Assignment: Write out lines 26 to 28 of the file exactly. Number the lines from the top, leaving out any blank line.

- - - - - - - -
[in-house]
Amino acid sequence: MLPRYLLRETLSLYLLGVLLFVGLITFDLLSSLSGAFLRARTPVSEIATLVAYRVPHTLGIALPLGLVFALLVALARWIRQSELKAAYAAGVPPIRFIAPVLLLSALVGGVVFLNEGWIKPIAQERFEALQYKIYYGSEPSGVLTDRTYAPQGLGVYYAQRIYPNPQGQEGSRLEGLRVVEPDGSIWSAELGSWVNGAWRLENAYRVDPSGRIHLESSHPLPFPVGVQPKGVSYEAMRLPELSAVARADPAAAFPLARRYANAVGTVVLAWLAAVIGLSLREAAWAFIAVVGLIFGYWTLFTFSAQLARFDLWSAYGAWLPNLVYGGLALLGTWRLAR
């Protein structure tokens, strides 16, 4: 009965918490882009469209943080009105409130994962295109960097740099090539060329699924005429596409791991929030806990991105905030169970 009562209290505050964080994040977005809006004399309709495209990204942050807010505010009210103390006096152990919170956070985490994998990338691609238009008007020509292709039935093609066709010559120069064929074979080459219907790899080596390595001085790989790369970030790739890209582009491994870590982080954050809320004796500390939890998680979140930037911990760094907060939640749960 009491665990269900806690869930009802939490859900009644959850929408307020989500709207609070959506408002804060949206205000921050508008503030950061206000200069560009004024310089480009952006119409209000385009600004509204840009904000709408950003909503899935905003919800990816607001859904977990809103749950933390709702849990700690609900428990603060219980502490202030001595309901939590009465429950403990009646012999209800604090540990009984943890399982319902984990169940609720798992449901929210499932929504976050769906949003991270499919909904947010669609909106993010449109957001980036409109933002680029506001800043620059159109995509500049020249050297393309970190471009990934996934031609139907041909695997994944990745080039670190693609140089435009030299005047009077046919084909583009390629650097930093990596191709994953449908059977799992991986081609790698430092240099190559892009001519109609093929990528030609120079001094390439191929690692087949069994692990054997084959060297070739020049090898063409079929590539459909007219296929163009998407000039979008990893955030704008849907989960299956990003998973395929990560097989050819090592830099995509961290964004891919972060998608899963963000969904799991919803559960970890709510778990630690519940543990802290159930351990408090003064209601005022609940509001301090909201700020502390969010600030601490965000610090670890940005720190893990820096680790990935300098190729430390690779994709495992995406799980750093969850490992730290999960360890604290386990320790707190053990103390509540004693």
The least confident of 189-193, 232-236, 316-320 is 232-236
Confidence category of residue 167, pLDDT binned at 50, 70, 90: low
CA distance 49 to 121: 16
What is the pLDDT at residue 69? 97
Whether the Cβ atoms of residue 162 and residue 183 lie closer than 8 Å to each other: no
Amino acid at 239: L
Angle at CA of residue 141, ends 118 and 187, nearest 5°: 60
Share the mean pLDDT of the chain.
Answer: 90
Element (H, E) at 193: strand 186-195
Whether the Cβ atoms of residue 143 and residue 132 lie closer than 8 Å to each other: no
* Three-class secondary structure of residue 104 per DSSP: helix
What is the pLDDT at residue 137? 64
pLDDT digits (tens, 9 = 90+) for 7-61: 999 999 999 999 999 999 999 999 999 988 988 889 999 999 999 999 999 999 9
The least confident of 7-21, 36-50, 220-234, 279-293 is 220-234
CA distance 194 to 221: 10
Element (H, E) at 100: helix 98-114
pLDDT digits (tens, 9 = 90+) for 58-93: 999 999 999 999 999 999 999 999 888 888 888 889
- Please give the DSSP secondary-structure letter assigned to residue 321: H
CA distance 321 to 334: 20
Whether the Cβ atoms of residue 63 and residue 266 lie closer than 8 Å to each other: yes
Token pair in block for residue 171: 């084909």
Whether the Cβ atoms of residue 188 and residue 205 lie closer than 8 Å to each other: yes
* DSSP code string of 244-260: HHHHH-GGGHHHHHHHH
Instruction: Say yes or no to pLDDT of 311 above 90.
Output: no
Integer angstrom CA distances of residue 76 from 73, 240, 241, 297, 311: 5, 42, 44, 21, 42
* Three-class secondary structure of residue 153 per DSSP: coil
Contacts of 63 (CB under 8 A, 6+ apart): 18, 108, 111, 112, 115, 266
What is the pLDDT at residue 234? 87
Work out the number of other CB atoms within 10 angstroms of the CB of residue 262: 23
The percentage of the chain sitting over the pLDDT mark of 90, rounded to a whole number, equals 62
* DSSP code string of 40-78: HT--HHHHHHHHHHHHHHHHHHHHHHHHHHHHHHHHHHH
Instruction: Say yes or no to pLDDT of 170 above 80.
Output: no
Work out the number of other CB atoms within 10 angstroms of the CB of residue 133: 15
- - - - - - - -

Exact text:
Whether the Cβ atoms of residue 188 and residue 205 lie closer than 8 Å to each other: yes
* DSSP code string of 244-260: HHHHH-GGGHHHHHHHH
Instruction: Say yes or no to pLDDT of 311 above 90.